We believe that the need to ensure transparency and verify the research at these laboratories has always been vital for biological security. We have long advocated the creation of a verification mechanism in the framework of the Convention on the Prohibition of the Development, Production and Stockpiling of Bacteriological (Biological) and Toxin Weapons and on their Destruction. This would make it possible to control and ensure the transparency of the efforts of all countries on preventing the development of biological and toxin weapons.

Since 2001 (almost 20 years), Russia and the majority of other countries, including China, have advocated an agreement on drafting a relevant protocol to the said convention, which would create a mechanism for verifying the commitment to not develop biological weapons. The US is just about the only country to categorically oppose this proposal. Now the problem has been aggravated. Washington’s reluctance to ensure the transparency of its military biological activities in various regions of the world suggests many questions: what is taking place in reality there and what goals are being pursued? We are conducting an active dialogue on this subject with all of our partners and have raised these questions in the SCO as well.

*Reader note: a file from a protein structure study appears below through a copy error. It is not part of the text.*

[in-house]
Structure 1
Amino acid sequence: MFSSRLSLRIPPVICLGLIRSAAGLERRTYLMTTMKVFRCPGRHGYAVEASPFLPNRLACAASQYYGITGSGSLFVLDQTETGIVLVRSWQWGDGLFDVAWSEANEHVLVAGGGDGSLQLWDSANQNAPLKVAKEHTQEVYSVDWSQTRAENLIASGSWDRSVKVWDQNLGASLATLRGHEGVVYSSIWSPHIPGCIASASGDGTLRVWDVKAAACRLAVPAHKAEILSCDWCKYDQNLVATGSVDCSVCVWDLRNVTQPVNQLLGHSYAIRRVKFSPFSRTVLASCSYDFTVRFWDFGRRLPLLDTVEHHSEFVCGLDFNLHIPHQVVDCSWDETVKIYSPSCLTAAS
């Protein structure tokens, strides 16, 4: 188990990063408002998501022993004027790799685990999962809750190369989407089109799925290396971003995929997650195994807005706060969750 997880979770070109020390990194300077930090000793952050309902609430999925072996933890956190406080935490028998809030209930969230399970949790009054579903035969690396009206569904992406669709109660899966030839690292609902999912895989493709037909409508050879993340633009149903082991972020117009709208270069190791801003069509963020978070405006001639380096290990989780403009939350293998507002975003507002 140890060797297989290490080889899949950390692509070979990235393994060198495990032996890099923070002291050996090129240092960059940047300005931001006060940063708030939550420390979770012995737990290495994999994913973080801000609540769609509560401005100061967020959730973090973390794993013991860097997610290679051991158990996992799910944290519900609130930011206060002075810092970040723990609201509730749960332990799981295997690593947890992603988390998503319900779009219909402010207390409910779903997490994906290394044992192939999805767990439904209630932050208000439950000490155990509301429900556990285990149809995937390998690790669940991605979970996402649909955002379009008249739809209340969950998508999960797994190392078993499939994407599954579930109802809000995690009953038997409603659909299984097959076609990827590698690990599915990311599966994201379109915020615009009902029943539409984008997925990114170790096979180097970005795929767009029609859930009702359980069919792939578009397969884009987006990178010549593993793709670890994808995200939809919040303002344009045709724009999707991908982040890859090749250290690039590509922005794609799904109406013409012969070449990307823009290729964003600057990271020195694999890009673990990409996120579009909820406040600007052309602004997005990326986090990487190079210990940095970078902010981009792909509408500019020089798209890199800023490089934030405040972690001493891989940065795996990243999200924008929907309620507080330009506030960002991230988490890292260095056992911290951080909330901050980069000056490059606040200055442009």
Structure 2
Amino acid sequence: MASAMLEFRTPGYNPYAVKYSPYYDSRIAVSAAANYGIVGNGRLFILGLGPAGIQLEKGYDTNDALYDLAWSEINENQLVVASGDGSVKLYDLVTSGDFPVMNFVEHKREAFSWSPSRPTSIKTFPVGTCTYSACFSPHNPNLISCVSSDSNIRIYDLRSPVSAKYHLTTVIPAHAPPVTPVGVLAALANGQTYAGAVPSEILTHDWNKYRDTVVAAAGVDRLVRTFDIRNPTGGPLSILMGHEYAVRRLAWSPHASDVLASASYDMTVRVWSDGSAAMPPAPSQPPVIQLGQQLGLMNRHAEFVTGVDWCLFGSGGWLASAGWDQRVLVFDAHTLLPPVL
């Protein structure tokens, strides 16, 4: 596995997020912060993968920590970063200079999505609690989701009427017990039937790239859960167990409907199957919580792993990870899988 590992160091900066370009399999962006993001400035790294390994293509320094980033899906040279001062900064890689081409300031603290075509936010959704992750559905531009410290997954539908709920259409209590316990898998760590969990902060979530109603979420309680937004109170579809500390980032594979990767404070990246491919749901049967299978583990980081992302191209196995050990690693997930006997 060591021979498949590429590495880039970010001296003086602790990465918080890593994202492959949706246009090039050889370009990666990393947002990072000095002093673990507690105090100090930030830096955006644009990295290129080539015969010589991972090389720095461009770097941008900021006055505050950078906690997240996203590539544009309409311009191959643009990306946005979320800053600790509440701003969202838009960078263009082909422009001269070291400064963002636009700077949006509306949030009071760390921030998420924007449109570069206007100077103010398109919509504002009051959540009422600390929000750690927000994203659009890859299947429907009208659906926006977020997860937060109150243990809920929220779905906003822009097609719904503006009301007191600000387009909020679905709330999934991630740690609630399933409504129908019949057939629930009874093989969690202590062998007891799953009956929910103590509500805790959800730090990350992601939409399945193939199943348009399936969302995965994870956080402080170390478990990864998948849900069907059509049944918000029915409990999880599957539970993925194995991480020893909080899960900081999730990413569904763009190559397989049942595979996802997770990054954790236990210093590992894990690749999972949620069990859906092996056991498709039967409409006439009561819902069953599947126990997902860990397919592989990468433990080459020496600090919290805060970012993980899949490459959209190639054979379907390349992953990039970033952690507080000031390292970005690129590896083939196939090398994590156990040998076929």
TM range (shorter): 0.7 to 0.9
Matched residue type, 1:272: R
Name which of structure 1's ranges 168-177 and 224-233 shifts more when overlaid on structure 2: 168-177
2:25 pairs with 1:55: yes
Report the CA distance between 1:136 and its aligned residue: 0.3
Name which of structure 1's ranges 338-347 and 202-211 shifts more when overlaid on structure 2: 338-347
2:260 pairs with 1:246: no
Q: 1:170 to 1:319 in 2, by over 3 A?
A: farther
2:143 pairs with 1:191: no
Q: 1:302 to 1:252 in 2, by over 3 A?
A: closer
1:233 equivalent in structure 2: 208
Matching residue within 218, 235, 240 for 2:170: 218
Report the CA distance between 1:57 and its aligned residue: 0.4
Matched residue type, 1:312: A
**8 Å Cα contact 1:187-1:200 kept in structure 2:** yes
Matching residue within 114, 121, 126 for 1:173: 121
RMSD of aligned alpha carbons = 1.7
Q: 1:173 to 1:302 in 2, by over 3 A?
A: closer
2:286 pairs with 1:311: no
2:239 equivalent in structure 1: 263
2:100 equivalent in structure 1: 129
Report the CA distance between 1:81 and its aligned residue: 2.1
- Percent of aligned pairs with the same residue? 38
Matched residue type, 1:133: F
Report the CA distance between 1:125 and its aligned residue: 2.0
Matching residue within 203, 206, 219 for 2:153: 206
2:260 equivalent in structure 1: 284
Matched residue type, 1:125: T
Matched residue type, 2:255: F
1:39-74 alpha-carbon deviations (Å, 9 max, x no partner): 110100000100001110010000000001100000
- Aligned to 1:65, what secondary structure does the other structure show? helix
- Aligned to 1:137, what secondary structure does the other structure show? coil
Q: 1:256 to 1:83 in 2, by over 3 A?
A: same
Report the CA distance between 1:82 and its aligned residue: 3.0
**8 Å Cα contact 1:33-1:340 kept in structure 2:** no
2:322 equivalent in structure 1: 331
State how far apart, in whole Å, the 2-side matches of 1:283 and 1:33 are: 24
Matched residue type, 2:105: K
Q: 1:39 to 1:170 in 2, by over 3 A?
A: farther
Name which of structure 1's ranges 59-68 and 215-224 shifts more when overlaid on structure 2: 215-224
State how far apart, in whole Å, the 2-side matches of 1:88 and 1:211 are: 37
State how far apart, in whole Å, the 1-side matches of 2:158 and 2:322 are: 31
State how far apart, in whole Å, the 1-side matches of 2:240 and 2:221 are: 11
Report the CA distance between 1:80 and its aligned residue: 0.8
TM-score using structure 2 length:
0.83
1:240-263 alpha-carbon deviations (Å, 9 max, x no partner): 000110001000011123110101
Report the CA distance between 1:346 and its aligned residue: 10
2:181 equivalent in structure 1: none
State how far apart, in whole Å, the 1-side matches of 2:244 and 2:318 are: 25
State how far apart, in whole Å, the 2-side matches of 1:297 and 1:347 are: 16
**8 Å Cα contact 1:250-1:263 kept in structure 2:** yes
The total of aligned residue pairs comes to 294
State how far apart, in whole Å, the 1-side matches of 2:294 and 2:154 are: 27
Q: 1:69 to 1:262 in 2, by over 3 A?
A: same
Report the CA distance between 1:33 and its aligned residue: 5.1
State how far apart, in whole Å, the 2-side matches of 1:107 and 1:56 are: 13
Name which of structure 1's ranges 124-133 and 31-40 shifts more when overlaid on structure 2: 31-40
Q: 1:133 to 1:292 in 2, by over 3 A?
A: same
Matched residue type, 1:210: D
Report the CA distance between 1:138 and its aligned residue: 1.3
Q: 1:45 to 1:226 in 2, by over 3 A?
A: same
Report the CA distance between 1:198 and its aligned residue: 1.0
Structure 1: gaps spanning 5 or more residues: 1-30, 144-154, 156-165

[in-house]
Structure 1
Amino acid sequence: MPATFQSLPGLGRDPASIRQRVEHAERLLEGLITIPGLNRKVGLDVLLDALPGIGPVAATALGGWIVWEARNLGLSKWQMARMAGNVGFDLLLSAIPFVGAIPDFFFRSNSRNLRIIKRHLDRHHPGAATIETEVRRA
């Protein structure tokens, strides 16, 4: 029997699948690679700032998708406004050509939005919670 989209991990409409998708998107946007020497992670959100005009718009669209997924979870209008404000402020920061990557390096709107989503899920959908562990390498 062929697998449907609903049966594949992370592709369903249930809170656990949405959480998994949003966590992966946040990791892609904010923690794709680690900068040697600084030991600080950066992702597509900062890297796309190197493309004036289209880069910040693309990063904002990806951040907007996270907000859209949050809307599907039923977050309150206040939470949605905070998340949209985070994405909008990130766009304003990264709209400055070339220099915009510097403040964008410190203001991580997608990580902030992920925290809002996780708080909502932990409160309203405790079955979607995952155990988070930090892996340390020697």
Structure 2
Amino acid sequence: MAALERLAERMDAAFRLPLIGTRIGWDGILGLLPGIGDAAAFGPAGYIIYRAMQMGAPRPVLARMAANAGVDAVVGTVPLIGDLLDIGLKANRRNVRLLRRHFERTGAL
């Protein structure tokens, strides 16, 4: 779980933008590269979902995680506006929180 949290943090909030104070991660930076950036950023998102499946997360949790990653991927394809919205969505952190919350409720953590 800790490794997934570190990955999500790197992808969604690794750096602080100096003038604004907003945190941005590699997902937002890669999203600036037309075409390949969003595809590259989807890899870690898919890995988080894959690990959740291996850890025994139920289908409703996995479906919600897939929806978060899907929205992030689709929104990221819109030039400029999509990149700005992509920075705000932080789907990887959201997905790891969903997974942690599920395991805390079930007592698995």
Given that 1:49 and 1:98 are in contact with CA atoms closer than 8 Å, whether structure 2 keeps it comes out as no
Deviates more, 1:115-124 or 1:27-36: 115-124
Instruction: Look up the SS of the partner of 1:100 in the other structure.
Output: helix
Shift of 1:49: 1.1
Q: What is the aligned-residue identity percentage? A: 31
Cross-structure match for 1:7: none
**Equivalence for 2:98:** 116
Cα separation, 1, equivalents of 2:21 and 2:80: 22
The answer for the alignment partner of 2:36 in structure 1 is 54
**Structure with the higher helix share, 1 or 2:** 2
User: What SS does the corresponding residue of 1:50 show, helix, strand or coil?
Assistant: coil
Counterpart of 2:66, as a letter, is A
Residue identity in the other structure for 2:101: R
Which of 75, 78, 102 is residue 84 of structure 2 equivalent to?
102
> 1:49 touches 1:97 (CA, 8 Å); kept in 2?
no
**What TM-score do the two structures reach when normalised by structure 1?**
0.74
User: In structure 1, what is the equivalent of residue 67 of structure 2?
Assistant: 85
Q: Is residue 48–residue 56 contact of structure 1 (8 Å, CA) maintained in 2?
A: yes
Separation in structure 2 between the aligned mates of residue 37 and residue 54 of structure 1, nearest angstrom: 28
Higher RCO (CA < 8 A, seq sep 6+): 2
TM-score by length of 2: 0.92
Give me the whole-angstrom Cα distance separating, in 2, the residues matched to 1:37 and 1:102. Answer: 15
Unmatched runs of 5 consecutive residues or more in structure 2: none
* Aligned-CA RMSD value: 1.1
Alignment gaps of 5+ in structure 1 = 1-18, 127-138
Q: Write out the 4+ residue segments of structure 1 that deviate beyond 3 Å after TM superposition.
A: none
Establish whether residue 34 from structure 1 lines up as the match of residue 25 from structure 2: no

We have some positive progress. We have signed a memorandum of understanding between the Government of Russia and the Government of Tajikistan on ensuring biological security. We are drafting a similar document with our colleagues from Uzbekistan and holding talks with Kazakhstan, Armenia and our other neighbours in the post-Soviet space. I consider this work to be very practical. It would remove any concern over the emergence of such infectious diseases.

I am deeply convinced that all countries must approach this issue on a universal basis. Let me repeat that an agreement on creating a verification mechanism for the universal Convention on the Prohibition of the Development, Production and Stockpiling of Bacteriological (Biological) and Toxin Weapons and on their Destruction would be the optimal approach for everyone in the international community. Needless to say, we will continue working at this.

As for the SCO, a special set of documents is being drafted for the summit in St Petersburg this year. This package is aimed at ensuring sanitary and epidemiological security. A special section will be reserved for the issues of biological security. I am sure our experts will do a good job and help the SCO leaders adopt decisions that will promote the transparency of activities for biological security on a universal scale.